BBC’s global ambitions will raise further licence fee questions: The Yorkshire Post says

IN his final speech as the BBC’s director-general, Lord Tony Hall set out his belief that the corporation “can carry Britain’s voice and values to the world” as it aims to reach a global audience of one billion people by 2030.

Tony Hall smiles as he arrives for his first day as Director General of the BBC in 2013. Picture: LEON NEAL/AFP via Getty Images

Lord Hall said the BBC has a vital role to play in shaping international perceptions of the UK, particularly as the country tries to forge a new ‘Global Britain’ identity in the wake of Brexit.

These are grand ambitions, but equally Lord Hall’s successor as director-general Tim Davie must not forget about the BBC’s most important task; serving its domestic audience.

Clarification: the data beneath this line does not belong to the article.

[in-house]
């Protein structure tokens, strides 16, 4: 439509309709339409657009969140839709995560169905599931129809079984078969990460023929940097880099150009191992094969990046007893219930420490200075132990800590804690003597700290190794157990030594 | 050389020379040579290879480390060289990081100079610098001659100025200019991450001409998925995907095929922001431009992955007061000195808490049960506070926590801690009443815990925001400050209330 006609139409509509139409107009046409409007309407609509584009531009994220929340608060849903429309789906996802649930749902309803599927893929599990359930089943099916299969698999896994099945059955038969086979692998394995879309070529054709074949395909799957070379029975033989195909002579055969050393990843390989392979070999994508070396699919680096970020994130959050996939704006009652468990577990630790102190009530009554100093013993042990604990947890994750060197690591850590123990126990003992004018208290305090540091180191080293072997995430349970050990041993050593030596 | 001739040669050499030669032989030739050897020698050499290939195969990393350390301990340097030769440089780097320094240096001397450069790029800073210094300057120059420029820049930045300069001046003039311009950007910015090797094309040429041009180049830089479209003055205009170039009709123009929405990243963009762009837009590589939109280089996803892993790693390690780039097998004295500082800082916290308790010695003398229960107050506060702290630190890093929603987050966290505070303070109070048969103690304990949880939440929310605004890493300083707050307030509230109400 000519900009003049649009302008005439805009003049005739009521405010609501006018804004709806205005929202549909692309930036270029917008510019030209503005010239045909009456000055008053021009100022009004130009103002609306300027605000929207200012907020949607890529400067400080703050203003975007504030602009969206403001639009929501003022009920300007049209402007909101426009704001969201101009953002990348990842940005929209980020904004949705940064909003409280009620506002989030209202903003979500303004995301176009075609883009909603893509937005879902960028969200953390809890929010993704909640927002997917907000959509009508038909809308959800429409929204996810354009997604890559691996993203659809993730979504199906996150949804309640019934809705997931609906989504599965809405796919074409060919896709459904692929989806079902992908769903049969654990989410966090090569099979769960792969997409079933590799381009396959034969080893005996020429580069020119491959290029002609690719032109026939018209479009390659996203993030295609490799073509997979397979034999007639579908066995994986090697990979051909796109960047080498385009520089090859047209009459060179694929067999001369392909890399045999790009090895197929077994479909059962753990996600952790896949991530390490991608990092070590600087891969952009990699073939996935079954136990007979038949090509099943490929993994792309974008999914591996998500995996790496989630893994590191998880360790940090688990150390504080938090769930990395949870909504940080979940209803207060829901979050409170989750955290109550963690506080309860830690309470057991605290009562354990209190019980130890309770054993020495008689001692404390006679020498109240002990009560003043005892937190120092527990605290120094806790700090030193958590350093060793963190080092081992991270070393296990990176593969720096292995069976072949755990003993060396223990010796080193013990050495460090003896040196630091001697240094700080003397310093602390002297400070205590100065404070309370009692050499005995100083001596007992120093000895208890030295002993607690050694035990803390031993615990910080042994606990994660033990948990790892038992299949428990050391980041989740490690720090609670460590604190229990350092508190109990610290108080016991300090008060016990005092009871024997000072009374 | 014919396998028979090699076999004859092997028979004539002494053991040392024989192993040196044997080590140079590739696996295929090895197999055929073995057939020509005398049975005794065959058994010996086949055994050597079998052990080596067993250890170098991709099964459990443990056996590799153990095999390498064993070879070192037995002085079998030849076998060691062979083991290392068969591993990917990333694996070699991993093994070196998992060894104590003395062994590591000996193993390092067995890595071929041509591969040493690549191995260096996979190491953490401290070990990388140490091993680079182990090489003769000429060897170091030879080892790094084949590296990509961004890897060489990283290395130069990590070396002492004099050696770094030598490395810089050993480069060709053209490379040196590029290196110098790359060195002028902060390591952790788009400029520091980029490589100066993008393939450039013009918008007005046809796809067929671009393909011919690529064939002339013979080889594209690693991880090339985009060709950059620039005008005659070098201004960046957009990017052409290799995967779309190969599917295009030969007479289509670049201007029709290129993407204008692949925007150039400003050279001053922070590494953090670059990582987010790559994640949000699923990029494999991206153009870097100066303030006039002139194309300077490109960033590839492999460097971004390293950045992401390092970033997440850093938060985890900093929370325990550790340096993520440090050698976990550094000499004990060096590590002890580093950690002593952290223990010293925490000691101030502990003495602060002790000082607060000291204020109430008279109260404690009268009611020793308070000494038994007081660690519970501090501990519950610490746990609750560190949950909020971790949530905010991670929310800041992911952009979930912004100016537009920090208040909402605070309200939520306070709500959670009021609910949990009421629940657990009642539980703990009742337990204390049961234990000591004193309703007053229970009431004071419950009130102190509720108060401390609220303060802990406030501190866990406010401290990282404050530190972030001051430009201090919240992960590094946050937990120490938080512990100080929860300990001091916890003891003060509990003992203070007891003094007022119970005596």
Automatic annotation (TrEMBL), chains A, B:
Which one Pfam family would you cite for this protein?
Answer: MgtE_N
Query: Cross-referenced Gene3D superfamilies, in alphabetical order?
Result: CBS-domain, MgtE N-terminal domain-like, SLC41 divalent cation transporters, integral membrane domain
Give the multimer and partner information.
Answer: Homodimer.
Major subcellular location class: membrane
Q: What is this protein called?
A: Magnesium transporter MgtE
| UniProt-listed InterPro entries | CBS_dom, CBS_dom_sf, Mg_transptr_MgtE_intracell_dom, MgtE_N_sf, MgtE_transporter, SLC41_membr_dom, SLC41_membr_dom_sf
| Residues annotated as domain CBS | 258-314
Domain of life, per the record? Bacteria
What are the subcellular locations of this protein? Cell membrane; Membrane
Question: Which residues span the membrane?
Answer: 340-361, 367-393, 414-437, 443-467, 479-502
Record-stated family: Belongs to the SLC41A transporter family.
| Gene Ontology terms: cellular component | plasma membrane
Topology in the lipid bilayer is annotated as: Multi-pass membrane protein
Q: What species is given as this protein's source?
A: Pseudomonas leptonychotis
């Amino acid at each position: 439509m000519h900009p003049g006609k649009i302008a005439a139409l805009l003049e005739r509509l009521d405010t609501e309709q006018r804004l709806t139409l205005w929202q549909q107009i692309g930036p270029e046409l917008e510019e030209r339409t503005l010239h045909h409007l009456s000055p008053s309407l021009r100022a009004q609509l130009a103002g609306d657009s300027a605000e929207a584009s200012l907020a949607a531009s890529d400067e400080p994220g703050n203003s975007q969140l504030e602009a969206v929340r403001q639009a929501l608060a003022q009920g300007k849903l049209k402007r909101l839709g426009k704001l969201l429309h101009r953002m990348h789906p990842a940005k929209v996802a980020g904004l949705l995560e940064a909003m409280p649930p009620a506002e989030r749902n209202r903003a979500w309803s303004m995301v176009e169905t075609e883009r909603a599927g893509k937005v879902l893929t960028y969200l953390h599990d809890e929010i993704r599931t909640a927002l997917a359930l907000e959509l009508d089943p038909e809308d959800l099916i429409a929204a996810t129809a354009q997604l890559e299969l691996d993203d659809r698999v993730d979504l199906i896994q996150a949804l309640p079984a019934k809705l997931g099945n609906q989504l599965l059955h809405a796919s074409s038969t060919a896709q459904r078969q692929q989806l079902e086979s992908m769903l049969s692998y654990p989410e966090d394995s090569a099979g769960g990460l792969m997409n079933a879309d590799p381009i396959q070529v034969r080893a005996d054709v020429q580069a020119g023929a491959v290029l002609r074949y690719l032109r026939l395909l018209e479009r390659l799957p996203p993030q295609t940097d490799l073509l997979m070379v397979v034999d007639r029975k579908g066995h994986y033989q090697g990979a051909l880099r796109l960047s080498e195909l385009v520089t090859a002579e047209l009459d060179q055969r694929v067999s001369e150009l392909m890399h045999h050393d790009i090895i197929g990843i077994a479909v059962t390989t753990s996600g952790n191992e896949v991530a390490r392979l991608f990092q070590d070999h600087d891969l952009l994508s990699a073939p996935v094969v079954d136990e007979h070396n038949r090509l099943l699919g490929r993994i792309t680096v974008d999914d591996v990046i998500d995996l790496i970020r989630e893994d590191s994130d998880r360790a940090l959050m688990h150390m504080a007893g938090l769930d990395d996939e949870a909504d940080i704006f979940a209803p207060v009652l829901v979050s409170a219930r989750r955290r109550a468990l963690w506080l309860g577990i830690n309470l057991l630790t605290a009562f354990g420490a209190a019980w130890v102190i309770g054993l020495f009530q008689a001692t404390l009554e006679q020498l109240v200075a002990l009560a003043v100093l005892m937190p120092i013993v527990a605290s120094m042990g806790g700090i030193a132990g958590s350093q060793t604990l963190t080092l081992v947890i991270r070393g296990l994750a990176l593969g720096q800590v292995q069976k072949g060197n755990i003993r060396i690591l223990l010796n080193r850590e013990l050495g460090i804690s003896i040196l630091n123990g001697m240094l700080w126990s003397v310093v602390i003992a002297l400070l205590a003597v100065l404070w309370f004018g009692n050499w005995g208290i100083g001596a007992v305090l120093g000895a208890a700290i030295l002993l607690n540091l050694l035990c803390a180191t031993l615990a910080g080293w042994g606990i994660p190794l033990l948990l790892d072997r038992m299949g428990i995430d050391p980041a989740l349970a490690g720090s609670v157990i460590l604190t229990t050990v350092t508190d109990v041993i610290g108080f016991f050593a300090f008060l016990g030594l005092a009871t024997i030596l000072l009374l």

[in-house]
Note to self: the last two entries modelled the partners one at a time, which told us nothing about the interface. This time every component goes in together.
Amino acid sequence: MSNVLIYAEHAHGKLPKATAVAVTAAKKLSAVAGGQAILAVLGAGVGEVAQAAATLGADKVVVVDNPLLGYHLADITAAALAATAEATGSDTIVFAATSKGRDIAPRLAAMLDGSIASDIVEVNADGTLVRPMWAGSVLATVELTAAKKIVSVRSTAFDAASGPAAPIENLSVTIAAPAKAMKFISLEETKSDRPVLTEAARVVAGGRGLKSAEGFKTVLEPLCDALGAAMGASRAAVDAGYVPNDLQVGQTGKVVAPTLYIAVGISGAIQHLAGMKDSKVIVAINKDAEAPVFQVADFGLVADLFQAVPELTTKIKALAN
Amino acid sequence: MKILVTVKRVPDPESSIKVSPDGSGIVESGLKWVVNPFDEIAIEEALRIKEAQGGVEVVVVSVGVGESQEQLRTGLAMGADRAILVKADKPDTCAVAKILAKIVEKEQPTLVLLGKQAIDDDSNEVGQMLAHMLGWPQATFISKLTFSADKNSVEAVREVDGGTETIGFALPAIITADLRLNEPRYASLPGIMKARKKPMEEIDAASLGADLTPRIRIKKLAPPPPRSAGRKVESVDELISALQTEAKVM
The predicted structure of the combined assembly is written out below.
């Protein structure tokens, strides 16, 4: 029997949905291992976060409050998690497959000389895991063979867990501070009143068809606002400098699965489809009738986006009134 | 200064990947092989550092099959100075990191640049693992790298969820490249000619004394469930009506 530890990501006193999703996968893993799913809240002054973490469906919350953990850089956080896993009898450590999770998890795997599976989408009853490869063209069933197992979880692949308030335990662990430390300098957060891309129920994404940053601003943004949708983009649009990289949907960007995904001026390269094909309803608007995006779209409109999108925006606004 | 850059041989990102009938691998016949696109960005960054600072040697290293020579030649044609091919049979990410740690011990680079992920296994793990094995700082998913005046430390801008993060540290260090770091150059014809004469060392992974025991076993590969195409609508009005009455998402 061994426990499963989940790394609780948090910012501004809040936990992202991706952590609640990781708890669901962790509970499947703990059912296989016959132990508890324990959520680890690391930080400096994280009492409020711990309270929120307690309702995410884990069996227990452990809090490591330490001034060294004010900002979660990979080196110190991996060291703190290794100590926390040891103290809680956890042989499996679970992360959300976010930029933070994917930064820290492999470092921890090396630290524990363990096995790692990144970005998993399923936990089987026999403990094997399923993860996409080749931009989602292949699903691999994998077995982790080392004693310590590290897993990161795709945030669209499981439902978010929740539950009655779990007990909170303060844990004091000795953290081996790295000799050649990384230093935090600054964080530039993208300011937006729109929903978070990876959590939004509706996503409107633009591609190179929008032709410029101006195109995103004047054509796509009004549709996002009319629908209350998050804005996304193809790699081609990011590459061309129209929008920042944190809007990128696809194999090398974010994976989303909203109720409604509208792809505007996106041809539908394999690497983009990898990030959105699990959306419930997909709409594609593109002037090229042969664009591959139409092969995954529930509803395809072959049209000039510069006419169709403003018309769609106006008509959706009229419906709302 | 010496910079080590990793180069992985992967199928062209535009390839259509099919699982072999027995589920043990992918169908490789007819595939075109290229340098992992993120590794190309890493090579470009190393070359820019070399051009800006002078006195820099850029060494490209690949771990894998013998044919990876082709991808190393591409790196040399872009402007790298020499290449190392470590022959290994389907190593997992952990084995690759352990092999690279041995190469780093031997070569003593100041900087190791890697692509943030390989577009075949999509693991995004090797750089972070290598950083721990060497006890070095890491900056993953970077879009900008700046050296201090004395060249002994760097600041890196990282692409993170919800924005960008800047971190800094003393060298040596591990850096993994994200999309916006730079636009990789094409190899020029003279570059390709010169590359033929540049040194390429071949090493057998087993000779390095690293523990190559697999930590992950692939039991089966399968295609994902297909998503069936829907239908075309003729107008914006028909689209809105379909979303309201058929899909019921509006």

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Given those who access BBC websites and channels from abroad are subject to adverts in the same way as other commercial outlets, the corporation needs to demonstrate more than ever to those in this country who do have to pay licence fees are truly receiving value for money for their compulsory contributions.

This particularly applies now that the free licences have been stripped from most over-75s.

Much of the success of the corporation’s global ambitions will be tied to its commercial arm BBC Studios, whose activities include selling the corporation’s most popular shows around the world.

Ironically further progress with its international aim of reaching one billion people by 2030 – up from 468 million per week at the moment – is likely to raise further questions about the long-term future of the licence fee.

The BBC has a tightrope to walk if it wants to pursue global success while still relying on compulsory licence fee contributions in this country.

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James Mitchinson